Cool on a wire rack for at least two hours before serving.


Juanita’s Cream Cheese Pound Cake

Valentine’s Day is just around the corner so last weekend I went looking for my favorite lava cake recipe to bake for the Dear Hubs. Evidently I’ve lost it. But I found the recipe for my mother-in-law’s delicious cream cheese pound cake. This cake is wonderfully buttery and dense, with a hint of almond. It tastes great served plain, or with berries and whipped cream, or chocolate sauce if you want to dress it up a little more.  It’s so rich you can have just a thin slice with a cup of tea and feel satisfied.

34388Here’s the recipe:

3 sticks butter at room temperature

8 ounces cream cheese at room temp

3 cups granulated sugar

6 large eggs

3 cups cake flour ( sift it twice after measuring to improve the cake’s texture)

pinch of salt

teaspoon of vanilla extract

teaspoon of almond extract

Preheat oven to 350. Grease and flour a 10 inch Bundt pan. Cream the butter and cream cheese and gradually add the sugar, mixing  until  fully incorporated. Add the eggs one at a time, beating well after each. Gradually add the flour and mix thoroughly. Add the salt and extracts. Mix well.

Pour into prepared pan and tap the pan on the counter a few times to remove any air pockets in the batter. Bake for about 90 minutes, until the crust is golden brown and a toothpick inserted into the cake comes out clean.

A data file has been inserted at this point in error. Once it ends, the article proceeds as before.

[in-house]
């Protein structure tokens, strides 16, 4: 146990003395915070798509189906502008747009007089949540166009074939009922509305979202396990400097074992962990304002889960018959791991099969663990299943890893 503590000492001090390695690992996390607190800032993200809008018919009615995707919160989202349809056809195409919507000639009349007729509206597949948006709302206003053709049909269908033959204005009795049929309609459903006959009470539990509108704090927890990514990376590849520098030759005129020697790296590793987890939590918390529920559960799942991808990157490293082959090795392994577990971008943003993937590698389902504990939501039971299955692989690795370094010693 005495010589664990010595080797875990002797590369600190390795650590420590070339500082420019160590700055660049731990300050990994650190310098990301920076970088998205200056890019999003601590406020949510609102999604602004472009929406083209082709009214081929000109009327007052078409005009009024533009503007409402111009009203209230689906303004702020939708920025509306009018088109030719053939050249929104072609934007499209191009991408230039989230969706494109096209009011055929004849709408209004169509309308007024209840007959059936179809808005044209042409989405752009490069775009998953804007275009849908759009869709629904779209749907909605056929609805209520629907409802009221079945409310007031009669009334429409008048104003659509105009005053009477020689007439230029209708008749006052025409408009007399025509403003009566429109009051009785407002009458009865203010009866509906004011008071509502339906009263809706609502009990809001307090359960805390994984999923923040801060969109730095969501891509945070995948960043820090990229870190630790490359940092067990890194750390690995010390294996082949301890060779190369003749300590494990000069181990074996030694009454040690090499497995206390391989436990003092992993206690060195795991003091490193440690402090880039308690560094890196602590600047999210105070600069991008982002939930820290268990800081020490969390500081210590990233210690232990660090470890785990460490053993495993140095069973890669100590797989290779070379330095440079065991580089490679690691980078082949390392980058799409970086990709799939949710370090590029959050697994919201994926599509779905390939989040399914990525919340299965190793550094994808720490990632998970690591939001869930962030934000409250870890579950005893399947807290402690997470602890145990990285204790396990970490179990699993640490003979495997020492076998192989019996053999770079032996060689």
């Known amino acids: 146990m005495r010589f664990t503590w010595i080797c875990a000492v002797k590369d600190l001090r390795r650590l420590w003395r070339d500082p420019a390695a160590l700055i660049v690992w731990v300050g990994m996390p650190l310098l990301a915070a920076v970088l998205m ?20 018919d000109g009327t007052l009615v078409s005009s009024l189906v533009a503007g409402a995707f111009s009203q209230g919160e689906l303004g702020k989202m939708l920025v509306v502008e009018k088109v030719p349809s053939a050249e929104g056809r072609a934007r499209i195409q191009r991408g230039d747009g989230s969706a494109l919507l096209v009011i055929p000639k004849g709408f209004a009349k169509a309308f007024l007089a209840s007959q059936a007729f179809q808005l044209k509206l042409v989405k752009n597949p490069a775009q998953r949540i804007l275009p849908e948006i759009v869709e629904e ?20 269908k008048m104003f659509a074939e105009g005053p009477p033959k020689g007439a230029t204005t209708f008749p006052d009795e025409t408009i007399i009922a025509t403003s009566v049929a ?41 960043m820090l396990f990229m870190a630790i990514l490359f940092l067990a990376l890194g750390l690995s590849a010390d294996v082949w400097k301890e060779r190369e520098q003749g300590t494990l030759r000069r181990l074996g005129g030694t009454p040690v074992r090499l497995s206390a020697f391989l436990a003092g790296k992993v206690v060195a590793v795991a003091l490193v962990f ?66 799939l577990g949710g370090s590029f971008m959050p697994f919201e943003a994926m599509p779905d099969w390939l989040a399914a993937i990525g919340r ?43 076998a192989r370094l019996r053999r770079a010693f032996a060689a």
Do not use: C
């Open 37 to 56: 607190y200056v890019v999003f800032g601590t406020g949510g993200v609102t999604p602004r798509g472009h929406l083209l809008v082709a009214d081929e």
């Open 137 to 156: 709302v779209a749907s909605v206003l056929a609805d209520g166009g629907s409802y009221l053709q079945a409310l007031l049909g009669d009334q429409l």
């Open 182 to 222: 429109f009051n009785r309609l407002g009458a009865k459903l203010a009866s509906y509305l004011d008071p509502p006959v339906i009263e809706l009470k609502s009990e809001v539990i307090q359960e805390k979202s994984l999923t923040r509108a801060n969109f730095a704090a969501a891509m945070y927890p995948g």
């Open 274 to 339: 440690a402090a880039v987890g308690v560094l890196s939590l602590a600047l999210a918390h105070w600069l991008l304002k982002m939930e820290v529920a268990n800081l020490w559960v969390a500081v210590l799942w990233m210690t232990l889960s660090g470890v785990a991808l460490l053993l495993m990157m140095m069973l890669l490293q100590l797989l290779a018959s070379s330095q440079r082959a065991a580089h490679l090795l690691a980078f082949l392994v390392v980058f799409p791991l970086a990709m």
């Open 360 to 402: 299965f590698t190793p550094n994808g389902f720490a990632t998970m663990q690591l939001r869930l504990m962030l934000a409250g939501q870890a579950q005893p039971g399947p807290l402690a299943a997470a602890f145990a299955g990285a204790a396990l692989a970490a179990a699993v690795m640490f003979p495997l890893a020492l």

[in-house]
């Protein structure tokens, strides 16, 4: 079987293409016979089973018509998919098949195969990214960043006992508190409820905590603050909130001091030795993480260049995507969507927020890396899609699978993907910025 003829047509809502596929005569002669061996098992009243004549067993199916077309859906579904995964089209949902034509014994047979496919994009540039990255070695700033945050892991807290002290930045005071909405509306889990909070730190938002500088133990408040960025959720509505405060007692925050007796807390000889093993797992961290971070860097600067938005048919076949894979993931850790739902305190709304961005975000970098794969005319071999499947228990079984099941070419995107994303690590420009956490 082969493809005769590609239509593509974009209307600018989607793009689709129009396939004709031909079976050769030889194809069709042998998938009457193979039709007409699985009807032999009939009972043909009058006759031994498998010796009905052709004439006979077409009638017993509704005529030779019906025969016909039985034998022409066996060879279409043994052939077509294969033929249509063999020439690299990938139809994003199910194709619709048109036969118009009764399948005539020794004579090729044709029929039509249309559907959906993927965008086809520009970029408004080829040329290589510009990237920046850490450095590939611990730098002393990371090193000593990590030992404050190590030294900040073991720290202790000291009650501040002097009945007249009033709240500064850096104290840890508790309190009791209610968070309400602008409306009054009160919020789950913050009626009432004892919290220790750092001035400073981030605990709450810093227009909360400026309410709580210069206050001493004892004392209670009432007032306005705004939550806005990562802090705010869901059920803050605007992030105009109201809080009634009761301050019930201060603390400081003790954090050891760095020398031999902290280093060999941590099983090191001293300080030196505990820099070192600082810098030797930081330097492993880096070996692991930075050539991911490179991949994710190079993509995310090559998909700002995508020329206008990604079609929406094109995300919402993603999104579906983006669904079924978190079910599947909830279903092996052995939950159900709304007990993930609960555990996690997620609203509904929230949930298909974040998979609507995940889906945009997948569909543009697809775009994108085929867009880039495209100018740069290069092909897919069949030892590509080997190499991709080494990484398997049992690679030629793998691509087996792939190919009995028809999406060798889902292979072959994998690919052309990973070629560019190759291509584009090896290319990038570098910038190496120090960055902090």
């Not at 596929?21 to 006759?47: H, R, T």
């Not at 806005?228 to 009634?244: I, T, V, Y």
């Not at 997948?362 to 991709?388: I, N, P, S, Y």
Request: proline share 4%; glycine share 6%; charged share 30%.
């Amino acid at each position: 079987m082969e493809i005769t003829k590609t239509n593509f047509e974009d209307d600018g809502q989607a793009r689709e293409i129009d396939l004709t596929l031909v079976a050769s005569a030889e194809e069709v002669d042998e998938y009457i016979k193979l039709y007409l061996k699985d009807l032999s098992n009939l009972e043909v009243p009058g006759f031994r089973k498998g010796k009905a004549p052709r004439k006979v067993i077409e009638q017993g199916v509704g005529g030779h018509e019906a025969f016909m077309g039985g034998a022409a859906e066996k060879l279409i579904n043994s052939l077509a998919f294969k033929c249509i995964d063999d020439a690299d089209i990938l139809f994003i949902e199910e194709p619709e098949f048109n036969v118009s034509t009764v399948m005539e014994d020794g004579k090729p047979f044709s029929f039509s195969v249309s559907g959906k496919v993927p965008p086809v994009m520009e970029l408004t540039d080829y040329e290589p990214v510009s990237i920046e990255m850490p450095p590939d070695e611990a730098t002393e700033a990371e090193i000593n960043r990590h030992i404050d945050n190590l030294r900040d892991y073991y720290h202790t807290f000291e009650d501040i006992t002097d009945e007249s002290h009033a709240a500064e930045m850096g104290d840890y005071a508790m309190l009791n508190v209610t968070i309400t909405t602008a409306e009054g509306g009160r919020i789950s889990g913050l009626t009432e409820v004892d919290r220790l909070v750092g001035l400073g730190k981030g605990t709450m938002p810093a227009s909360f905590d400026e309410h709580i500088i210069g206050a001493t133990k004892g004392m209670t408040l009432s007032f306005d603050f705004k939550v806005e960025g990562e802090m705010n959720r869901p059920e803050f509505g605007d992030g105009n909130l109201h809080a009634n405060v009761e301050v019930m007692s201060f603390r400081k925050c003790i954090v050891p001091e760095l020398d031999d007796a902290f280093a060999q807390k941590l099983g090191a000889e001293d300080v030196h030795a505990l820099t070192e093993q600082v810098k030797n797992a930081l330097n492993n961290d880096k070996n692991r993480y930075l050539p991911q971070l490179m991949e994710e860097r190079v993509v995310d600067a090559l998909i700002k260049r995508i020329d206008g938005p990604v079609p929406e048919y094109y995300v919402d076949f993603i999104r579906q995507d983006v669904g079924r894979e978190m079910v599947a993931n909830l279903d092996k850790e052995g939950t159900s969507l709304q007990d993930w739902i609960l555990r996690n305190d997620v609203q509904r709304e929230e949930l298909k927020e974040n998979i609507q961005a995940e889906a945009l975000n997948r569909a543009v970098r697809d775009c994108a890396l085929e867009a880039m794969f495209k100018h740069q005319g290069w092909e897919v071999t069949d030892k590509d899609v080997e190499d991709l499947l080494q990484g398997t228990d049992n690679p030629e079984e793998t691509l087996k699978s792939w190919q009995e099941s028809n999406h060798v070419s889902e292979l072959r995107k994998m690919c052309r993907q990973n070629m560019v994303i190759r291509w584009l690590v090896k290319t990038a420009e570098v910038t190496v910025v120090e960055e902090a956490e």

Cool in the pan for 15 minutes, then remove to a wire cake rack and let it finish cooling. Serve plain or with berries, whipped cream, chocolate sauce or ice cream.

If you make this for YOUR Valentine, come back here and let me know how he  likes it.  Happy baking.


Just Like Grandma Used To Make

My brother Dale and I have been obsessed with conversations about food lately, mostly because we are watching our weight and trying to make healthier meals. It’s a real challenge to two Southern cooks who enjoy the foods our grandmothers used to make. My brother loves bread–biscuits, cornbread, yeast rolls that have to be left to rise, and then punched down to rise a second time before baking. He doesn’t care as much for desserts.

Granny’s tea cakes, warm and smelling of vanilla. Yum.

But I do. I still remember my grandmother’s banana pudding. Today, most cooks start with an instant pudding, but a real Southern banana pudding begins with a custard cooked over a double boiler, cooled, and layered with meringue  and Nilla vanilla wafers. I have never looked up the calorie count. It would be way too scary. I haven’t made banana pudding in a while, but this week I had a hankering for another of my granny’s recipes, and luckily it’s one with fewer calories.